The Great Depression had a major impact on the economic life of the neighbourhood. Over the following decades, the intense development of the highway network, the opening of the St. Lawrence Seaway and the closing of the Lachine Canada completely stripped the sector of its industrial vitality.
The businesses and factories in the neighbourhood migrated to the outskirts of the city, close to the new transportation routes. Many residents either left the neighbourhood or were unemployed. The population of Pointe-Saint-Charles dropped from 30,000 in 1931 to 13,000 in 1991.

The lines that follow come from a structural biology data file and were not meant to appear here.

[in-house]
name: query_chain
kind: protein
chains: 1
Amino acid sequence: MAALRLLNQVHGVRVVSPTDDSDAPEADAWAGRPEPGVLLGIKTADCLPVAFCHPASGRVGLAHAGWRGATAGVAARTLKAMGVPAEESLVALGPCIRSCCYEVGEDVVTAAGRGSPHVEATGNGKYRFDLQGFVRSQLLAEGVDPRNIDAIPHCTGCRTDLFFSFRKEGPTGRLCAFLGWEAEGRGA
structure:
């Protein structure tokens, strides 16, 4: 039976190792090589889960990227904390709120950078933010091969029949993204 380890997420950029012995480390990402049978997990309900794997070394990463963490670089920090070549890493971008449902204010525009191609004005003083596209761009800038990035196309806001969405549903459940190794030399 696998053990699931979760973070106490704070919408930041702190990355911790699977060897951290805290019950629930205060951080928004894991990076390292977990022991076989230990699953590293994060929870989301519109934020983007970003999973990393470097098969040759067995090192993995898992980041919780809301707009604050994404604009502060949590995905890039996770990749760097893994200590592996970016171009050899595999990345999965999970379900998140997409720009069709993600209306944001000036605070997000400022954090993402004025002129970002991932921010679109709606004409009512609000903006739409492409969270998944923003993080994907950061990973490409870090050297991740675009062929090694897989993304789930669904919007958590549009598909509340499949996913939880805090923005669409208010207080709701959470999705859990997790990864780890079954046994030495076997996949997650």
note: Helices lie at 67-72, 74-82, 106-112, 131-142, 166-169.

To survive this decline, the residents closed ranks. A true pioneer in the development of community action in Québec, Pointe-Saint-Charles created tools to fight poverty. This solidarity gave the neighbourhood the atmosphere of a proud and dignified village.